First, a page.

by Nick Traver ’20
Head Coach Alex Kraus is most commonly known as the human genius, comic book fanatic who teaches chemistry and physics; however, what many people probably don’t know is that Coach Kraus is the coach of both the boys track and field team and the boys swimming and diving team, the latter of which has won three straight New England championships.
He also won the M.D. Nadal Sportsmanship Award in 2018, a great honor that recognizes one Founder’s League coach every year, within all coaching disciplines.
He was also an extremely talented collegiate swimmer and one of the few teachers able to teach every class at KO; he has taught AP English, different science classes, Latin, tutored in math, and is basically a human encyclopedia who would make a terrific partner on “Jeopardy!”
Most people don’t know many, if any, of these things about Coach Kraus though. He is a man that despite all of his accomplishments, doesn’t truly care about the recognition.
He’s more concerned about the experience, as he said his best moments of collegiate swimming weren’t winning races but truly being confident in the pool and as a member of the team. “I remember getting used to college level events like the 200 fly or 400 IM,” Coach Kraus said, “and halfway through freshman year just feeling like I could do all of those events, even if it was the thousand free. I felt like I belonged and I felt strong.”
The feeling of belonging and strength is Coach Kraus’ number one concern as the swim team coach. “For me wins, losses, and times aren’t the highest goals,” Coach Kraus said.
He said that you can’t force belonging into the lesson or workout for a specific day, but gradually over time the swim team becomes a very close knit community. “My favorite moments of coaching are when the team [members] get comfortable with being themselves,” Coach Kraus said.
He said that he doesn’t always know why his teams seem to suddenly click most years, whether it’s because of the grueling practices, like hundred-hundreds, or the fact that the team is seeing a lot of each other, both time-wise and physically. He said that those moments are some of his favorites, when it doesn’t matter about ability, popularity, or any other characteristic, and people just accept everyone for who they are.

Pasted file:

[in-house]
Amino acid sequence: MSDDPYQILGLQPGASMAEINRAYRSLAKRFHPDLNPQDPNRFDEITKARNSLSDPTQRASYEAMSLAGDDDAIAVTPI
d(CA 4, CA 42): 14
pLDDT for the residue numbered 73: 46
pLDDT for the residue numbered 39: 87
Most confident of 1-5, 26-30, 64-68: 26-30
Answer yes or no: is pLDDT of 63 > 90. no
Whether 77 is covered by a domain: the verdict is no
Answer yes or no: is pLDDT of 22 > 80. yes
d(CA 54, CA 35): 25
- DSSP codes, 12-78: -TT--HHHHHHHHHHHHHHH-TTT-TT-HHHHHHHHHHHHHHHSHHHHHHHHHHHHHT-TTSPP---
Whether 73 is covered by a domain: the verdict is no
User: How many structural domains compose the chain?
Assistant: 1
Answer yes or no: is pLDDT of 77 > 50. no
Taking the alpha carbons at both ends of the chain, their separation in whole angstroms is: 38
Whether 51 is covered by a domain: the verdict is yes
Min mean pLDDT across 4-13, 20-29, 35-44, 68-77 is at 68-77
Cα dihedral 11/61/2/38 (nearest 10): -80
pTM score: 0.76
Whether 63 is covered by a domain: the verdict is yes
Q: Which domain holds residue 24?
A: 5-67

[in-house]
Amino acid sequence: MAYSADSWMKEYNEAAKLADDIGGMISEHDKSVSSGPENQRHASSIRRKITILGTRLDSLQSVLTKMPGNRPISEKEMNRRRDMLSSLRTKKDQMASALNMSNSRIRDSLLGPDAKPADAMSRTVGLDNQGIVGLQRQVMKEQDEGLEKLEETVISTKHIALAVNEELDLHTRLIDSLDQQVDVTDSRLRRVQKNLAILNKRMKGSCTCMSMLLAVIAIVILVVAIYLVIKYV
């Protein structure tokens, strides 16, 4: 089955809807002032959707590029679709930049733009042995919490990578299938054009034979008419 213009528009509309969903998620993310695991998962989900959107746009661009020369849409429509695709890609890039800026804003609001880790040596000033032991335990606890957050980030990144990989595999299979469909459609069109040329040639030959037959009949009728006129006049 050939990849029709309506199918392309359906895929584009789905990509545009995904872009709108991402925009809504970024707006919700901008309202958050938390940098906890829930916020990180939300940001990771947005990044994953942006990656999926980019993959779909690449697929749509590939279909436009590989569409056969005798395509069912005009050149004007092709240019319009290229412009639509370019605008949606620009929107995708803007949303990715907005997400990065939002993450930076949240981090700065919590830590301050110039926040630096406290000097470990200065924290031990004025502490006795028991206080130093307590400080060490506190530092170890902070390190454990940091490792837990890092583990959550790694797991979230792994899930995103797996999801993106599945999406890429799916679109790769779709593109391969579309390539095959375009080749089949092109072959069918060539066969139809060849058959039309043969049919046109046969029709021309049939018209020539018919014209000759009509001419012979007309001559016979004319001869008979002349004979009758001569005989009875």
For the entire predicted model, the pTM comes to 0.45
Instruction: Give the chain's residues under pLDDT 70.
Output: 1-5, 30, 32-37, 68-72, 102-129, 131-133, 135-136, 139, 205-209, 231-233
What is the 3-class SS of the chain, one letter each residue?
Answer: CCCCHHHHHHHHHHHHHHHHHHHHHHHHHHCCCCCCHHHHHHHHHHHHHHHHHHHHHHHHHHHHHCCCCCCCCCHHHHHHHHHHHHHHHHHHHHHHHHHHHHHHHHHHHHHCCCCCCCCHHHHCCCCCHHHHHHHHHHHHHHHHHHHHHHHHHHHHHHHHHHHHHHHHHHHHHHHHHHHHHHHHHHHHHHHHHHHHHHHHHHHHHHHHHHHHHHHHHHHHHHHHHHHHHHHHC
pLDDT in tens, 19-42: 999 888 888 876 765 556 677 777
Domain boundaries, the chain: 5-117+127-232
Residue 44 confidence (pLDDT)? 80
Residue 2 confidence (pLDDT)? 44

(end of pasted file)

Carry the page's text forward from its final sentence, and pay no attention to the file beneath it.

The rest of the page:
This accepting everyone and becoming a close team also helps the Wyverns in the pool. One of the team’s main focuses is positive energy, as for every race there must be at least one person cheering each person on. This stems from Coach Kraus as he says the thing he misses most about swimming, and something he wants everyone to strive for, is being a supporter while accomplishing their goals.
On Coach Kraus’s team, supporting each other is more important than anyone’s skillset, and that’s why captains in the past haven’t also been the best swimmers, but they’ve been the best motivators. “Kraus always emphasizes the importance of team unity, and because of this I have grown closer to my teammates,” senior Co-captain Tom Betts said.
Coach Kraus has a different way of running his team than most coaches. “In practices usually a coach will be constantly screaming at you to push you harder but Mr. Kraus’ way of doing that is through encouragement,” senior Co-captain Ellis Winfree said.
Winfree described Coach Kraus as having a quiet compassion for others which is evident with the way he ends all of his emails, saying “you are loved.”
Over Coach Kraus’s 33 years coaching swimming and diving, he has created an environment and culture where people can be themselves, be confident, and be together. Coach Kraus helps guide people in more ways than just swimming. “Mr. Kraus knows things about me that I don’t even know about myself,” Winfree said.
The KO swim team is a unique blend of people with all different personalities. “We are one big family, and Mr. Kraus is the father,” senior Nick Spina said. .
Mr. Kraus is a man of so many great accomplishments, but his primary concern is being a great man. Maybe that’s why the swim team has been so great in recent years, or has always had great chemistry because of its great coach, Coach Kraus.